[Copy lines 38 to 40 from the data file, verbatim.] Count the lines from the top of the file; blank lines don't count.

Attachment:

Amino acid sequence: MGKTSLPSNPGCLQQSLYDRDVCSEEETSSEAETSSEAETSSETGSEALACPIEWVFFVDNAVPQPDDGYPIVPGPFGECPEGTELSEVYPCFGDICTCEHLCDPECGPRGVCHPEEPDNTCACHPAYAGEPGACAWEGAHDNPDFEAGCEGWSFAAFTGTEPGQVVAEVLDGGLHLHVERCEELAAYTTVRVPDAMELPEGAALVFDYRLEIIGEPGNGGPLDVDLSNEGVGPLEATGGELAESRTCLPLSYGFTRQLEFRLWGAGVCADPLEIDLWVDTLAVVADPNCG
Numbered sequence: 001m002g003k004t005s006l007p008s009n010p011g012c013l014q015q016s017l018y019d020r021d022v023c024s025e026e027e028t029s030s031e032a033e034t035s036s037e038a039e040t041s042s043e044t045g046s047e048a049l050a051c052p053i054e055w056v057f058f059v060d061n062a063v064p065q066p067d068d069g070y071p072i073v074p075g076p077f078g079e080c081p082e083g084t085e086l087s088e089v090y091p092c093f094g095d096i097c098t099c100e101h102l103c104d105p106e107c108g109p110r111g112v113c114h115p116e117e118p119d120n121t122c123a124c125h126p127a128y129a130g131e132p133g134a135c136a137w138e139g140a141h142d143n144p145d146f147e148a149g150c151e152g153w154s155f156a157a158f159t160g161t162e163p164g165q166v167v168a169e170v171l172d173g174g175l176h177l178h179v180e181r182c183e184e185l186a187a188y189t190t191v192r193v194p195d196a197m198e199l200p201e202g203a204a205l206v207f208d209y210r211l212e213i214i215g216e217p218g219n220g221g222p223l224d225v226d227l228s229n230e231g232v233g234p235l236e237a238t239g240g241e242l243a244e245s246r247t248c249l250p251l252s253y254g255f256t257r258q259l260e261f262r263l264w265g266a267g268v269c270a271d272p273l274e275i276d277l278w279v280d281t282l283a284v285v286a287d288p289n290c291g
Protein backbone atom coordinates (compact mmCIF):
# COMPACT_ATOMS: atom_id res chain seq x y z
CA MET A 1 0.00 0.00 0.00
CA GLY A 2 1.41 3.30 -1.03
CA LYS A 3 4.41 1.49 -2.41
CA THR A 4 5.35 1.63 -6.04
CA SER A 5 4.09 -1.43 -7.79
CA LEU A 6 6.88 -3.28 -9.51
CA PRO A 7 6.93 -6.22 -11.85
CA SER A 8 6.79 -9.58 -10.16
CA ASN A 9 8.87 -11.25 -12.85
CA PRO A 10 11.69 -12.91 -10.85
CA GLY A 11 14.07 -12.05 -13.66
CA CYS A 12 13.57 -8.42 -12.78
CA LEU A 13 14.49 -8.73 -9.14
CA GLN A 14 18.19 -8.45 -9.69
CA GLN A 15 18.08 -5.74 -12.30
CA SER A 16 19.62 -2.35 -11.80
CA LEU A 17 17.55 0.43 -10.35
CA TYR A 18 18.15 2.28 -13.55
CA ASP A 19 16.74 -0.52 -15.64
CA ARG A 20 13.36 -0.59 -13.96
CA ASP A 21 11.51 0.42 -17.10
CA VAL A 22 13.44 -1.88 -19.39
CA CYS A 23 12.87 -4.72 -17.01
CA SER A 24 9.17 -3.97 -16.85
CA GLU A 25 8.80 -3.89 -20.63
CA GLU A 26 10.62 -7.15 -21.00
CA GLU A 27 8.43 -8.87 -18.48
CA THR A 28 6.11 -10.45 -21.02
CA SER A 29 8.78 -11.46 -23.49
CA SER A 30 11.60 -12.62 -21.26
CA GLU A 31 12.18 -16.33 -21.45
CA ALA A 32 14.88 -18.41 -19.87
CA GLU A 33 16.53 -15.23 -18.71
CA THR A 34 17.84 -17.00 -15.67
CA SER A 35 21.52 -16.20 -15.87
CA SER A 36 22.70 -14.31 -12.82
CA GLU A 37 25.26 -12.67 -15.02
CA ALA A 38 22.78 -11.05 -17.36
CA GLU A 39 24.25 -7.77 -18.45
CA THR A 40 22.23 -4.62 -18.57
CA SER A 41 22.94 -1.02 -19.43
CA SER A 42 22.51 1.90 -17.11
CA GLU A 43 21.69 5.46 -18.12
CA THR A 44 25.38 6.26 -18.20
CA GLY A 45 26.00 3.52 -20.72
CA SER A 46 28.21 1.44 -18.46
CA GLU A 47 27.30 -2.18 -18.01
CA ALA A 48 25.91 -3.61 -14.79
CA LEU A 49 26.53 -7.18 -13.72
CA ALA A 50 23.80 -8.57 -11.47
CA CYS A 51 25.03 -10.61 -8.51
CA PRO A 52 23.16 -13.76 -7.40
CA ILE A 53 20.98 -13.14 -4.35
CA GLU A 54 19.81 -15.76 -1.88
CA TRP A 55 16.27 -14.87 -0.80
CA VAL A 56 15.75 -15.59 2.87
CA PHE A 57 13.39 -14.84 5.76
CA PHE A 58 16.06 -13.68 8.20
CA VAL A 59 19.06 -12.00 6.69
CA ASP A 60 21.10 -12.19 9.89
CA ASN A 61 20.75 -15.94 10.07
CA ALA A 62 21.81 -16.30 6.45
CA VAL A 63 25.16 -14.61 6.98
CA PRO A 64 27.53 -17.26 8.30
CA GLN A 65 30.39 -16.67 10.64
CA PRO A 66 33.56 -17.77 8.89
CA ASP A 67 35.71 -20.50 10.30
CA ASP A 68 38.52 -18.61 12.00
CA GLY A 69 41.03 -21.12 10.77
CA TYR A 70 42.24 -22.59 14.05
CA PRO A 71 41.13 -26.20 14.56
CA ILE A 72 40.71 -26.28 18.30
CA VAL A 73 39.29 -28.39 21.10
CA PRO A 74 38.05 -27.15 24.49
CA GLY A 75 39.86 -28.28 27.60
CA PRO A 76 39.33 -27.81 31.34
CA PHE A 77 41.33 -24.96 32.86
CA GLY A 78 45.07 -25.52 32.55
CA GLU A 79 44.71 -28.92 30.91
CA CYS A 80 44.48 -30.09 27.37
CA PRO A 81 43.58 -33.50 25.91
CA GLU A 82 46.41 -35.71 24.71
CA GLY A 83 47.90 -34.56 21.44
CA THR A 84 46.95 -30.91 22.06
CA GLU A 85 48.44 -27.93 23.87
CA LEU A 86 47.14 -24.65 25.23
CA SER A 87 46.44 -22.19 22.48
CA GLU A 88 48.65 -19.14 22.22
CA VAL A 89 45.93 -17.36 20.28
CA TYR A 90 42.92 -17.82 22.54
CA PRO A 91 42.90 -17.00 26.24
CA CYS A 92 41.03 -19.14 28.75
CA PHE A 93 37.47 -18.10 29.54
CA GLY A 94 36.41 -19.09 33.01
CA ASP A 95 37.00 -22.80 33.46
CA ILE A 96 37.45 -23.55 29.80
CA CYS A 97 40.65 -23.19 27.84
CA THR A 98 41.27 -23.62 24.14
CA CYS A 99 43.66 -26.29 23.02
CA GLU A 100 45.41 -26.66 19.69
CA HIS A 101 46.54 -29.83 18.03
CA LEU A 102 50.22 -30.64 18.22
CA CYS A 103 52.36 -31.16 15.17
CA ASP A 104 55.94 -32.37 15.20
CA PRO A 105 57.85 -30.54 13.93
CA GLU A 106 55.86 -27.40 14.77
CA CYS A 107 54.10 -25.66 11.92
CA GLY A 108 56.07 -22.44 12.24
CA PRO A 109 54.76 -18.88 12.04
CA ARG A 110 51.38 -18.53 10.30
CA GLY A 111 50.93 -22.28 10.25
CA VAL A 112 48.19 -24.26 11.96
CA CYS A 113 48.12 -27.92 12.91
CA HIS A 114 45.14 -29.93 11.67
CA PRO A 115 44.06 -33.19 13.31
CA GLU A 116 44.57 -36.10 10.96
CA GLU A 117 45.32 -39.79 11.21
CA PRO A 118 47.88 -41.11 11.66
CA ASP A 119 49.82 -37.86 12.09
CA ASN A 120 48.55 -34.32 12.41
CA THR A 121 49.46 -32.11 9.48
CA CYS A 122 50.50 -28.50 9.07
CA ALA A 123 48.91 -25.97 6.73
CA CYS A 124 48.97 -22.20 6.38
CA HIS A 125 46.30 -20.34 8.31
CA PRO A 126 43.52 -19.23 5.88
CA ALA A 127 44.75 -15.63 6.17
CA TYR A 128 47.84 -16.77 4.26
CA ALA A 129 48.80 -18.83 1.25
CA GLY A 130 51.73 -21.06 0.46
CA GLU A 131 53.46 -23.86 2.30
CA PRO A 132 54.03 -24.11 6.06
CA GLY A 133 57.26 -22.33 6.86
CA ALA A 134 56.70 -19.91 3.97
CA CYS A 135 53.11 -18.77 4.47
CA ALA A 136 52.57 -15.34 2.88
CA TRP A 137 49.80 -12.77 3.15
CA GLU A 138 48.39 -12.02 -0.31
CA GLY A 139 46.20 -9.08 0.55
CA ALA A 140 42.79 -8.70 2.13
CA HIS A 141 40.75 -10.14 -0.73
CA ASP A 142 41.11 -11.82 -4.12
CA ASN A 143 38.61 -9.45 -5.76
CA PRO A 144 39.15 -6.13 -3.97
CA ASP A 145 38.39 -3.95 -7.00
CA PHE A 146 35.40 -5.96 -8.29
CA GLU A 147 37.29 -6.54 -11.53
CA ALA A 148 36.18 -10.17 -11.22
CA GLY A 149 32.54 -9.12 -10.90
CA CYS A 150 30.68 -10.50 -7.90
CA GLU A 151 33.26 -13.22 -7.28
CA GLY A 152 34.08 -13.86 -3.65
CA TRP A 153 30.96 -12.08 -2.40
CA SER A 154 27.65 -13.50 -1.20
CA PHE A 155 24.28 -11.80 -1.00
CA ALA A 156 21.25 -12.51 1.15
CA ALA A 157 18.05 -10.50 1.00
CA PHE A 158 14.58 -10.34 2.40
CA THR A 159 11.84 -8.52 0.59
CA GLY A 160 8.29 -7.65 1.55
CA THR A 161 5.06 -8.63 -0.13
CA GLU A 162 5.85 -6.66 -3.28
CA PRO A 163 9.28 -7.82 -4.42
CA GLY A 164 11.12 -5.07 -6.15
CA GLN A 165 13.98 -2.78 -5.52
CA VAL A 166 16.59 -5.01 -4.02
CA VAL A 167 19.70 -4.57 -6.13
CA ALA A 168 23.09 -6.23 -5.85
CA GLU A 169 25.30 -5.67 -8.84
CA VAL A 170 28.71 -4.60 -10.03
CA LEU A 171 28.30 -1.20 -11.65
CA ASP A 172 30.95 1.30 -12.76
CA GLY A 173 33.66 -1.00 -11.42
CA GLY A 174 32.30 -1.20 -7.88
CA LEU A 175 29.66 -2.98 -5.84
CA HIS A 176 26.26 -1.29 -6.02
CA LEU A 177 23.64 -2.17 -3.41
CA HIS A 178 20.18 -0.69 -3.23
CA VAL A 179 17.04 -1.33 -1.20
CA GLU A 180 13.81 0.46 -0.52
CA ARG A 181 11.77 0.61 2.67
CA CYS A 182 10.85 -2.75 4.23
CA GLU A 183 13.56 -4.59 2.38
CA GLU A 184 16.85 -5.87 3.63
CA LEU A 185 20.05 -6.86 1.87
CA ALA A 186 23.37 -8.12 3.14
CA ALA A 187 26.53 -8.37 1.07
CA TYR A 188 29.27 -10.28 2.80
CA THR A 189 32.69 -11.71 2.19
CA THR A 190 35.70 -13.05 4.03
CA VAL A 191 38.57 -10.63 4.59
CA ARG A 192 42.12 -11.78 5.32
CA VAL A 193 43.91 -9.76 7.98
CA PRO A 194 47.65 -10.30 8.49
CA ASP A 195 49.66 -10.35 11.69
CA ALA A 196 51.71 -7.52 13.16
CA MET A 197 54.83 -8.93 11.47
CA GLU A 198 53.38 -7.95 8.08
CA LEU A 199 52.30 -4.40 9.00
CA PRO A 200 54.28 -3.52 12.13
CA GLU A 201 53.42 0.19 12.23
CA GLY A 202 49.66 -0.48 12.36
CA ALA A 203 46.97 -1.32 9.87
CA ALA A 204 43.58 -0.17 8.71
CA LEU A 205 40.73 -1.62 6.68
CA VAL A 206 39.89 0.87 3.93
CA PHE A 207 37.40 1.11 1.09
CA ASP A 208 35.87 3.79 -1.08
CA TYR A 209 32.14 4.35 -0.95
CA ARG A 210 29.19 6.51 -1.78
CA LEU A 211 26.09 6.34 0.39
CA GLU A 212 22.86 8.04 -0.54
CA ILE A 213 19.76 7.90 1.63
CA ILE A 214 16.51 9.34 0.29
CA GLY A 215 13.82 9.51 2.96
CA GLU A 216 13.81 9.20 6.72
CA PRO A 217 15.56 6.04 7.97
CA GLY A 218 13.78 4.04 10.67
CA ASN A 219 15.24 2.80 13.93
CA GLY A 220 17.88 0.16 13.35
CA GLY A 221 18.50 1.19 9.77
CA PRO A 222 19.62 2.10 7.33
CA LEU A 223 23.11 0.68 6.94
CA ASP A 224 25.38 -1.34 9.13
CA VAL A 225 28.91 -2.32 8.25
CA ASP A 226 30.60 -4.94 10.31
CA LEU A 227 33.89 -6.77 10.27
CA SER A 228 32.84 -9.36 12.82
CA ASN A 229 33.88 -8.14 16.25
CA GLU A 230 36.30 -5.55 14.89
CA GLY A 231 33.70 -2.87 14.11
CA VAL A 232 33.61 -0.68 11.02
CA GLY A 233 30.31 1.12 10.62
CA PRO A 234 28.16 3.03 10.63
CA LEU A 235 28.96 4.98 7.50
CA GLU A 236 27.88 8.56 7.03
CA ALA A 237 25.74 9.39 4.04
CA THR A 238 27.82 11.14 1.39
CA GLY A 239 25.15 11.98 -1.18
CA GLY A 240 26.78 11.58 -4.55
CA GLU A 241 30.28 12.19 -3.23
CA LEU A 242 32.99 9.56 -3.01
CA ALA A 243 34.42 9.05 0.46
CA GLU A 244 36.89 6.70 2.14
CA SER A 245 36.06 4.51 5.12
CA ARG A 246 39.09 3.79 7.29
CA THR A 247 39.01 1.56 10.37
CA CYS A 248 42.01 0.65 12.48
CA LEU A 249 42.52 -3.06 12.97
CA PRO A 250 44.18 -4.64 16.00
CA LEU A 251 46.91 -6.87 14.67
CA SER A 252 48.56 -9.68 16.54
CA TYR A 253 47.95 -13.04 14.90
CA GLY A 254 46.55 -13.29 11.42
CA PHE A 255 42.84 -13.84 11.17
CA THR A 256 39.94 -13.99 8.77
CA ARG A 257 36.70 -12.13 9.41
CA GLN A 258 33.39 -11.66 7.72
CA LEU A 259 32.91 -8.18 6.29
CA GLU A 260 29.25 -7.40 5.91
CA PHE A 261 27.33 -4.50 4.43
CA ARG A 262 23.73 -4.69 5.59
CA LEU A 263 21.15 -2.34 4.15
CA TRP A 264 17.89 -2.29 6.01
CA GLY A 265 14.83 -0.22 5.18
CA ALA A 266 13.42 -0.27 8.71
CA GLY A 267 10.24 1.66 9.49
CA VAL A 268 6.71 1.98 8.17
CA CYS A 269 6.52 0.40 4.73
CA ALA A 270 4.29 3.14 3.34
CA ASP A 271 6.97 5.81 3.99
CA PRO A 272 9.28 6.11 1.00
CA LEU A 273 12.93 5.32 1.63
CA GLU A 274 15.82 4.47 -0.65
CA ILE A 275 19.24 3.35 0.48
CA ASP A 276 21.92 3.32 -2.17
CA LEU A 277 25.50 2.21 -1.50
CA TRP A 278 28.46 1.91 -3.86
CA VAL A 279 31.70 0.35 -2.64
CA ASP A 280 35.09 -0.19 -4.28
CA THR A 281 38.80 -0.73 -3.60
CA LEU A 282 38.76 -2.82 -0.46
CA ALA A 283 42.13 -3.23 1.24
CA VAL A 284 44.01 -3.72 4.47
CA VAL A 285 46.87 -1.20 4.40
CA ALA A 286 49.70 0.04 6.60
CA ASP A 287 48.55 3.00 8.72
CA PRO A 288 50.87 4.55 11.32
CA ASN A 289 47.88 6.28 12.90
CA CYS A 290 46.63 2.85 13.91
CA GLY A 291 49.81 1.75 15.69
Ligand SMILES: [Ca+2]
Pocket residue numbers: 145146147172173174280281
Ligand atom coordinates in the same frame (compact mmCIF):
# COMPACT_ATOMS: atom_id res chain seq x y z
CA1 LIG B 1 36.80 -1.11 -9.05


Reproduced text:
CA THR A 34 17.84 -17.00 -15.67
CA SER A 35 21.52 -16.20 -15.87
CA SER A 36 22.70 -14.31 -12.82